A Structured Empirical Approach

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R. Eugene Laughlin
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A Structured Empirical Approach

Post#1 » Wed Jul 19, 2017 10:29 am

To set the stage...

Like most people who study and practice magical arts in modern times, I started in my teens. For me that was the 1970's. I did all the expected things: dabbled with the spirit board and pendulum, tarot, simple spellcraft; found what books I could, which was a lot harder than younger folk today can imagine (Anna Riva, Buckland's early-career candle burning book, not a lot more); and sought out others with similar interests to affiliate with. By my 20's I had found the Golden Dawn via Regardie material, and of course Crowley, and Bardon, Blavastky, et al... Modern occult and Neopagan literature was rapidly expanding by then. I developed a habit of buying a book or two every payday, and I read everything. My social (and to a degree my spiritual) drives tended to plug me into Neopagan networks, but my proclivities lent toward Ceremonial Magick practices, then together those led to the Orders. And of course, by the 90's the Internet had arrived and things opened up from there...

To cut the story short, after some 20 years of study, practice, and social interaction I had a reasonably good sense of what ideas did and didn't resonated for me, what I liked to do and what I didn't like to do, and when and why I felt my efforts were successful or not, etc. I arrived at a few personally significant conclusions, which flavored my next phase of study and practice: 1) well-structured ritual, when sincerely performed with sufficient precision and repetition is a powerful agent of long-term change (for better or for worse); no off-the-shelf cosmology rung true enough for me; and 3) I needed something, or things, that I wasn't finding in extant external sources.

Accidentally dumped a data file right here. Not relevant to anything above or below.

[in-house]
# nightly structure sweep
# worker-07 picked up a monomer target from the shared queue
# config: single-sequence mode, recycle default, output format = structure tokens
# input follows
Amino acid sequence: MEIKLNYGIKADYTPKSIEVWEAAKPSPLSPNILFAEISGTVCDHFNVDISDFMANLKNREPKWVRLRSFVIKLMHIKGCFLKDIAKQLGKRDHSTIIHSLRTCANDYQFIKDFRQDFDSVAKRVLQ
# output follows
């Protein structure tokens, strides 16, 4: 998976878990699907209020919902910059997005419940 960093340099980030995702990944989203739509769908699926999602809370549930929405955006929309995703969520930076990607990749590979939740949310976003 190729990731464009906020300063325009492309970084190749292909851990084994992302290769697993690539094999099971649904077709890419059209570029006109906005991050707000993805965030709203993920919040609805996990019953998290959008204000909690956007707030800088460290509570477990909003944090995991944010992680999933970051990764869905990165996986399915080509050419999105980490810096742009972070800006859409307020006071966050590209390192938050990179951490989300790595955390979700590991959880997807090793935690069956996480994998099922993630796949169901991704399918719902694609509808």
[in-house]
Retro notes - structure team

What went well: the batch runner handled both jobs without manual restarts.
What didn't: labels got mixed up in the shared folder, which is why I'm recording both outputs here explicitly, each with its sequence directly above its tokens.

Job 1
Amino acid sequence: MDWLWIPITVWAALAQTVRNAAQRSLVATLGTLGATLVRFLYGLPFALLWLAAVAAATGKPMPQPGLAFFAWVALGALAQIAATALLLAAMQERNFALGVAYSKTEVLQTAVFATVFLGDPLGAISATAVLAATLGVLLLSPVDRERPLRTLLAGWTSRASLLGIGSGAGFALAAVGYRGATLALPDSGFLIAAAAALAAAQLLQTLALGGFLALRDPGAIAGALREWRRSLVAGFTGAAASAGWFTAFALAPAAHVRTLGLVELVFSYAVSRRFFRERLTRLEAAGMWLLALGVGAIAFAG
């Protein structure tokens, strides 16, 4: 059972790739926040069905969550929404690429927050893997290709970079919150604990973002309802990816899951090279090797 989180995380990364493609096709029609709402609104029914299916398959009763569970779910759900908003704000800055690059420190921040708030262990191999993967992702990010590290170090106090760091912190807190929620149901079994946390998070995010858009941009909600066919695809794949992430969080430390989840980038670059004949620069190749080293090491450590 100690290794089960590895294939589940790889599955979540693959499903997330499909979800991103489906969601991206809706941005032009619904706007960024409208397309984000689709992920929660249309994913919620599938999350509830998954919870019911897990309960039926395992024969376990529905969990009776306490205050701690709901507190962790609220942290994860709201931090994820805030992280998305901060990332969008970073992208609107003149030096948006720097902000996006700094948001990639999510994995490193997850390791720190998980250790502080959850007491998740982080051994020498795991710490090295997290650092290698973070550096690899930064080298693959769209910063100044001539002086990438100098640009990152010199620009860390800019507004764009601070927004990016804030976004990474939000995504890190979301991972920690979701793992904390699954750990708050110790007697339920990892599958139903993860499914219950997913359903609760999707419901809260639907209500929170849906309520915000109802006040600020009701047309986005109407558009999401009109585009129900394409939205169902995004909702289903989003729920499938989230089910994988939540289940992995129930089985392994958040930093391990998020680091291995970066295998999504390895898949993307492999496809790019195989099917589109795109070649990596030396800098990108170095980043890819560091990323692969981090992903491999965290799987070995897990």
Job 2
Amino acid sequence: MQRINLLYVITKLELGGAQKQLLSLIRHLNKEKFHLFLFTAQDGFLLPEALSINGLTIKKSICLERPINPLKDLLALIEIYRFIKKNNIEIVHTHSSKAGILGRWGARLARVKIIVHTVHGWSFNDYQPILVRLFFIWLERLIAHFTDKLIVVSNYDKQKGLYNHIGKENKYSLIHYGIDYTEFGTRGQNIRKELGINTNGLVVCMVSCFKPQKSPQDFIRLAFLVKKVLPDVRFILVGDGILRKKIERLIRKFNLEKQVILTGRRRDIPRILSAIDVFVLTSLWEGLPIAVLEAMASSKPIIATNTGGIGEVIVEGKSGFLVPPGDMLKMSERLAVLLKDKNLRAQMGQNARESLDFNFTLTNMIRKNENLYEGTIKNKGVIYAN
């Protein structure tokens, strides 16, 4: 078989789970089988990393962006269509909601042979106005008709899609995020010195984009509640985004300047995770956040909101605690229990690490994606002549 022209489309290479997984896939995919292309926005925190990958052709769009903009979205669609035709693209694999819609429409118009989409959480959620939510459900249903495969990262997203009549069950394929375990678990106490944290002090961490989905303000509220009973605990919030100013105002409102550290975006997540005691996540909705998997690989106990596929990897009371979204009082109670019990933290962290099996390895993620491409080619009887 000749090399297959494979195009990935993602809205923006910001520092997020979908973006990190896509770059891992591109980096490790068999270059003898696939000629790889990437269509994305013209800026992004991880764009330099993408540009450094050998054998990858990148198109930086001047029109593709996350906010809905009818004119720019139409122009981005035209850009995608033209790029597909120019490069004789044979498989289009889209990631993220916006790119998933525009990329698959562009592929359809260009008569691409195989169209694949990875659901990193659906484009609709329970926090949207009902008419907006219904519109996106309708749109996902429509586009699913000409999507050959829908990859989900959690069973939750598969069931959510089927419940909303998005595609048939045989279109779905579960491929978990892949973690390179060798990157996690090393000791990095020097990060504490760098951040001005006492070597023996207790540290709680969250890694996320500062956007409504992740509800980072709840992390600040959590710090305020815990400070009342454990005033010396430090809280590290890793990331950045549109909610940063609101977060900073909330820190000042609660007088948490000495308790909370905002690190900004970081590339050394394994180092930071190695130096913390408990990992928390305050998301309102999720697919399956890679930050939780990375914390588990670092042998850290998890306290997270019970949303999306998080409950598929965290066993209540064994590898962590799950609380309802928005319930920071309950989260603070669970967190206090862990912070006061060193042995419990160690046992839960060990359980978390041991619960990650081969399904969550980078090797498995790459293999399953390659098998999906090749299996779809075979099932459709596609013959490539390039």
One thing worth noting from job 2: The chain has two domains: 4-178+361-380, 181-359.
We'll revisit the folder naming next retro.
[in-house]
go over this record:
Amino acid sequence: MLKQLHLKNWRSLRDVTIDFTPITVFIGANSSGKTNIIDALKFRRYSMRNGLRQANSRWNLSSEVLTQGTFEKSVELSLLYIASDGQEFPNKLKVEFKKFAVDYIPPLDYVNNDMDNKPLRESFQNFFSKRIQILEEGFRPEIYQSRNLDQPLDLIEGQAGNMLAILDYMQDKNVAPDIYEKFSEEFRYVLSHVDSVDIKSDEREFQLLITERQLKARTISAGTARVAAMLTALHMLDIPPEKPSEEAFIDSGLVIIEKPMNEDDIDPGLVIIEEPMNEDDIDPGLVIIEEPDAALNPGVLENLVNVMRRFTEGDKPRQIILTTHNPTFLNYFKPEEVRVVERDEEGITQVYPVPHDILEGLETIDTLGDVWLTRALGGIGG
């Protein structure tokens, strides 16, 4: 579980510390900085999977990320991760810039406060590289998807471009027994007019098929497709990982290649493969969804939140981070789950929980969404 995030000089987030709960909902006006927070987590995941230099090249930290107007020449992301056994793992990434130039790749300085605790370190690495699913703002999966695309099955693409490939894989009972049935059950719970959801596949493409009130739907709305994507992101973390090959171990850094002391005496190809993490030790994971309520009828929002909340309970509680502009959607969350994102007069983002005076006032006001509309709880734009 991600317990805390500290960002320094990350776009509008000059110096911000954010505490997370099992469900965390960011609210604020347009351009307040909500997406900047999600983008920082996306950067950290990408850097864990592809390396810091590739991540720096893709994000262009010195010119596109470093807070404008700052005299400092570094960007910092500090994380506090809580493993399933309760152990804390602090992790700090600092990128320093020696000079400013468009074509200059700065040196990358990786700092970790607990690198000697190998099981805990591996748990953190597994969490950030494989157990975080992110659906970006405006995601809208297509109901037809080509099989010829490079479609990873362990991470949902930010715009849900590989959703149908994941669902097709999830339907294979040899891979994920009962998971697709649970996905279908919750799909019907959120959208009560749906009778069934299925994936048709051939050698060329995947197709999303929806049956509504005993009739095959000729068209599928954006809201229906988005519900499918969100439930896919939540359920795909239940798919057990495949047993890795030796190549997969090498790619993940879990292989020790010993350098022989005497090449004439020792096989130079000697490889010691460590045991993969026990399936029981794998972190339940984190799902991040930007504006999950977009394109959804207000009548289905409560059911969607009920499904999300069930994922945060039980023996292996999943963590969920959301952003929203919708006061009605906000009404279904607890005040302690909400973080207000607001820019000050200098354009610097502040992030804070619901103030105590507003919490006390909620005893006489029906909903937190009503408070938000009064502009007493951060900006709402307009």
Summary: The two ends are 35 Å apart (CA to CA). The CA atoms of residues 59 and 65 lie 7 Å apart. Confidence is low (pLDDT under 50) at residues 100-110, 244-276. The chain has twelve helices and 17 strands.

Incidentally, the next decade or so of development co-occurred with my later-than-normal formal education (started at the age of 38 and concluding in my early 50's), which naturally lent toward reciprocal development. That is, my occult-studies and general education were never separate in any significant way. It's fair to say that my current incarnation is a function of all that. And significantly, part of that process included graduate school in a scientific discipline, which is all about breaking new ground and striving for new knowledge, which I applied to my occult studies and practice as well as my formal academic discipline.

Having learned something of what theories are and how they're developed, I naturally began theorizing about magic and how it works. I consider that a hobby, and in keeping with my academic discipline, I don't really attach to any given theory. I embrace philosophical skepticism, which for me equates to a perpetually open mind: I always assume there's more to learn. Interested readers can find quite a bit of that theorizing in the Occult Corpus archives, assuming the site becomes available again at some point. Discussion there has been slow in recent times and as of a few days ago, the site has gone dark.

I started this thread to lay out my personal philosophy of magic and the development of magical skills, and the system of development and practice that came with it. I'll provide a sampling of the kinds of effects I tend to achieve, to complete the picture. Rather than present a one-sided dissertation, I'm hoping for comments, criticism, and discussion as I go. I'd like to state up front that I expect to learn and grow from any interaction that occurs, and my feelings can't be hurt around this stuff. So feel free to call my baby ugly if that's how you feel about it.

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